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“I just felt completely powerless” : Woman Held Hostage In A Cult For 30 Years

She tells her story for the first time in a new documentary.
Metropolitan Police

Born into a Maoist cult and raised to believe the man she’d later learn was her father was God, Katy Morgan-Davies has spoken about her ordeal for the first time since her rescue after 30 years of terror.


The British survivor, now 33, shares her shocking story in The Cult Next Door, a documentary by award-winning producer Vanessa Engle, which will air on BBC2 on January 26. It comes on the heels of cult leader Aravindan Balakrishnan being sentenced to 23 years in prison for rape and false imprisonment.


It was in an ordinary looking house in London’s Brixton where Morgan-Davies was born to Sian Davies, one of Balakrishnan’s most devoted followers. Named Prem Maopinduzi – which translates to Love Revolution – she was told it was her destiny to help their leader rule the world.


Morgan-Davies (she changed her name as soon as she was rescued) grew up with no emotional bonds. Not only was she unaware who her parents were, the other cult members – who were predominantly female – were forbidden from touching her or forming any kind of emotional bond.


Ironically, it was her own mother who was the cruelest enforcer of Balakrishan’s – who they referred to as Comrade Bala – rules. When Sian died after a fall from a window, which Morgan-Davies believes was due to trying to escape after a savage beating the previous day, her only feeling was relief.


“Life got better for me in a funny way,” she says in the programme.


“She was one of the worst servants of Bala. It was such a relief, his worst enforcer was gone.”


It was this harsh world which saw her form attachments to inanimate objects as a way of showing comfort and affection.


“I used to tell the tap, ‘You are on my side,’” she says of the bizarre ways she found to comfort herself in times of distress.


“I’d kiss the tap, I’d hug the toilet when the flush worked.”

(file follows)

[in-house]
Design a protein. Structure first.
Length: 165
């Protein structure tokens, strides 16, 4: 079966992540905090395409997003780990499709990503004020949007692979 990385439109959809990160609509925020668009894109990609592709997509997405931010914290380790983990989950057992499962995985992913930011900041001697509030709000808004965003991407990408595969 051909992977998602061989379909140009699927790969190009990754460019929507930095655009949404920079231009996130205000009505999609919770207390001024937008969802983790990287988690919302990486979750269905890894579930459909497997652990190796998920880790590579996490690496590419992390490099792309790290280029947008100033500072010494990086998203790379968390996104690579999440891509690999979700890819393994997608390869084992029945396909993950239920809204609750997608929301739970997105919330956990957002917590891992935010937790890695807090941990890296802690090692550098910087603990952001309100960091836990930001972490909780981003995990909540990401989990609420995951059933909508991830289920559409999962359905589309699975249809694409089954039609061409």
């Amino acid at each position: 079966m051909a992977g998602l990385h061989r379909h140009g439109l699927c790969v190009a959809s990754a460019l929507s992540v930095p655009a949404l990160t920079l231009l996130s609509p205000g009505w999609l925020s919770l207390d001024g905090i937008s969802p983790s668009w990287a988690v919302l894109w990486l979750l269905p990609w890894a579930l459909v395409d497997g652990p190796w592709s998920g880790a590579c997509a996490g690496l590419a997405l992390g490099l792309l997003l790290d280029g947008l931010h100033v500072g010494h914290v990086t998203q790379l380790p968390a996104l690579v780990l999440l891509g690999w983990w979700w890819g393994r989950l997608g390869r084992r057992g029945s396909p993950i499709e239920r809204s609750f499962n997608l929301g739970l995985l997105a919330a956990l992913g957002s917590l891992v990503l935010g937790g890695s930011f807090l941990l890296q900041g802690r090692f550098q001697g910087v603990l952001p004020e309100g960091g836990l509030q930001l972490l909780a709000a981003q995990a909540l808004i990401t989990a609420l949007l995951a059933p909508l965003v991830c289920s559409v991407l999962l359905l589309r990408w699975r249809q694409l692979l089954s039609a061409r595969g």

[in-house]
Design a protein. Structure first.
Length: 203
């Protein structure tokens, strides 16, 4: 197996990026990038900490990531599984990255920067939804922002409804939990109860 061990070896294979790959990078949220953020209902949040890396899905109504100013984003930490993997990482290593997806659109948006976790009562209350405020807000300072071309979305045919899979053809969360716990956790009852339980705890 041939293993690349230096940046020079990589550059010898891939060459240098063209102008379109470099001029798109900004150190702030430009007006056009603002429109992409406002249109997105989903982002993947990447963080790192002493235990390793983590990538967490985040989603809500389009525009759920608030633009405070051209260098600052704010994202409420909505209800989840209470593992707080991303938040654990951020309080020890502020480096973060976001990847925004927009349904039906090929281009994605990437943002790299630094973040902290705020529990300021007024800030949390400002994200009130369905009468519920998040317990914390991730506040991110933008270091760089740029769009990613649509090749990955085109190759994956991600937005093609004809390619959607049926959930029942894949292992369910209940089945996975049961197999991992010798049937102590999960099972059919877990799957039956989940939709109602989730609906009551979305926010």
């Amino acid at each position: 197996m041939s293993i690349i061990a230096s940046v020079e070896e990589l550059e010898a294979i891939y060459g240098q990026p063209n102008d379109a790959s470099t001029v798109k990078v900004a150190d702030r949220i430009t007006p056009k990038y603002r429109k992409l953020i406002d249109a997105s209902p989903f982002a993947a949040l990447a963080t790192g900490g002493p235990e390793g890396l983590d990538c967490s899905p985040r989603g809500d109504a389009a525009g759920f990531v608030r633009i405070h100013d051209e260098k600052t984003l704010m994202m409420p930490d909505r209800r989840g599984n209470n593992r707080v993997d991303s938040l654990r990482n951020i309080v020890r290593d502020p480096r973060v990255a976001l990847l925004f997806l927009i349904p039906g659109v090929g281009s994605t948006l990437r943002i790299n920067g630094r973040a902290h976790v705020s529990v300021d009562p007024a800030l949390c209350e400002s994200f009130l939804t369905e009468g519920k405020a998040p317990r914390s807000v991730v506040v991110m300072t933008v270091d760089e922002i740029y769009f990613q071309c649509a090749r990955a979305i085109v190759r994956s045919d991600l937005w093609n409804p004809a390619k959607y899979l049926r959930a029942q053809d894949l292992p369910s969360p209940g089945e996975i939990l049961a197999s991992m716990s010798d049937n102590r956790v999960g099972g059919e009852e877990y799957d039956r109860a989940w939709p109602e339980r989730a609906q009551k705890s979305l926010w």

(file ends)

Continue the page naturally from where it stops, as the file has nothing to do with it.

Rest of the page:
Balakrishnan would enforce savage beatings and force his followers to carry out sexual acts during his time in charge of the cult, which was founded in the early ‘70s.


He held them in fear, having convinced them that if they stepped out of line, world disasters would follow.


Morgan-Davies believed that the Space Shuttle Challenger was blown up in 1986 because people in the house were challenging Balakrishnan. When a pizza delivery boy came to their door in error the day before an earthquake in Kobe, Japan, she was convinced that was the reason.


“He said this was the fascist state trying to provoke him,’” she recalls in the documentary.


“He said Kobe means God’s Door. When there was a knock on God’s door, then there was this huge earthquake.”


Balakrishnan further threatened his devotees with a “mind-machine” he called Jackie if they misbehaved.


Morgan-Davies was told she would be struck dead by lightening if she ever left the house. She had never seen a doctor or dentist and when she did finally escape she is described as having the social skills of a six-year old who was unable to even cross the road or use basic appliances.


After once attempting to run away at the age of 22, only to be returned to the house, Morgan-Davies was finally saved when cult member Josie Herival took action. Concerned about the girl’s health, Herival smuggled a mobile phone into the home and called a helpline she had seen on TV.


Now at college and living in her own flat, Morgan-Davies tells the interviewer on the show that she is determined to live a normal life.


“I did used to hate him,” she says. “I just felt completely powerless. But life is also very short. There is no time to be spent on hatred and anger.”

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